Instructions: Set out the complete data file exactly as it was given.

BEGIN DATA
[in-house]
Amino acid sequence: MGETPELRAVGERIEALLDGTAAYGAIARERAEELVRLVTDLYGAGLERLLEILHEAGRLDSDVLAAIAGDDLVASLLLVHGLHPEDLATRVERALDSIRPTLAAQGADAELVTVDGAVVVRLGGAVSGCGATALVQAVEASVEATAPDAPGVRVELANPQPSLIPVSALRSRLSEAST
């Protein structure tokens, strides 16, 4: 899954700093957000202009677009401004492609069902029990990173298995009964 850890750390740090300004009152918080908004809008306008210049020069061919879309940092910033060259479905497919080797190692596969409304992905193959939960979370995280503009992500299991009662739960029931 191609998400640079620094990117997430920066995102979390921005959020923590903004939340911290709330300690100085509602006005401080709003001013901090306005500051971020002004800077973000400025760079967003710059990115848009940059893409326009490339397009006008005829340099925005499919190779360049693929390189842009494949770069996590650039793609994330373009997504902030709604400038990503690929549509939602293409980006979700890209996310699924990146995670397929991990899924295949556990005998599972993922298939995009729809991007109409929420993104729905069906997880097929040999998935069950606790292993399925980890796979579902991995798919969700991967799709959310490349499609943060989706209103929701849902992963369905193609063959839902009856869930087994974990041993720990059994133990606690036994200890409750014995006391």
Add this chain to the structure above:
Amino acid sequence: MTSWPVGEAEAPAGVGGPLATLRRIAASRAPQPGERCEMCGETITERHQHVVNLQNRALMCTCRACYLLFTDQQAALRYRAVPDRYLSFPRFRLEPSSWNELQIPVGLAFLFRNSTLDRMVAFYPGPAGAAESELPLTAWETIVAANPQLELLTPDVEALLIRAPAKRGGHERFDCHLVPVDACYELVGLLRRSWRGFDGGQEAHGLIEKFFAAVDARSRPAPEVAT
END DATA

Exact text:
[in-house]
Amino acid sequence: MGETPELRAVGERIEALLDGTAAYGAIARERAEELVRLVTDLYGAGLERLLEILHEAGRLDSDVLAAIAGDDLVASLLLVHGLHPEDLATRVERALDSIRPTLAAQGADAELVTVDGAVVVRLGGAVSGCGATALVQAVEASVEATAPDAPGVRVELANPQPSLIPVSALRSRLSEAST
């Protein structure tokens, strides 16, 4: 899954700093957000202009677009401004492609069902029990990173298995009964 850890750390740090300004009152918080908004809008306008210049020069061919879309940092910033060259479905497919080797190692596969409304992905193959939960979370995280503009992500299991009662739960029931 191609998400640079620094990117997430920066995102979390921005959020923590903004939340911290709330300690100085509602006005401080709003001013901090306005500051971020002004800077973000400025760079967003710059990115848009940059893409326009490339397009006008005829340099925005499919190779360049693929390189842009494949770069996590650039793609994330373009997504902030709604400038990503690929549509939602293409980006979700890209996310699924990146995670397929991990899924295949556990005998599972993922298939995009729809991007109409929420993104729905069906997880097929040999998935069950606790292993399925980890796979579902991995798919969700991967799709959310490349499609943060989706209103929701849902992963369905193609063959839902009856869930087994974990041993720990059994133990606690036994200890409750014995006391």
Add this chain to the structure above:
Amino acid sequence: MTSWPVGEAEAPAGVGGPLATLRRIAASRAPQPGERCEMCGETITERHQHVVNLQNRALMCTCRACYLLFTDQQAALRYRAVPDRYLSFPRFRLEPSSWNELQIPVGLAFLFRNSTLDRMVAFYPGPAGAAESELPLTAWETIVAANPQLELLTPDVEALLIRAPAKRGGHERFDCHLVPVDACYELVGLLRRSWRGFDGGQEAHGLIEKFFAAVDARSRPAPEVAT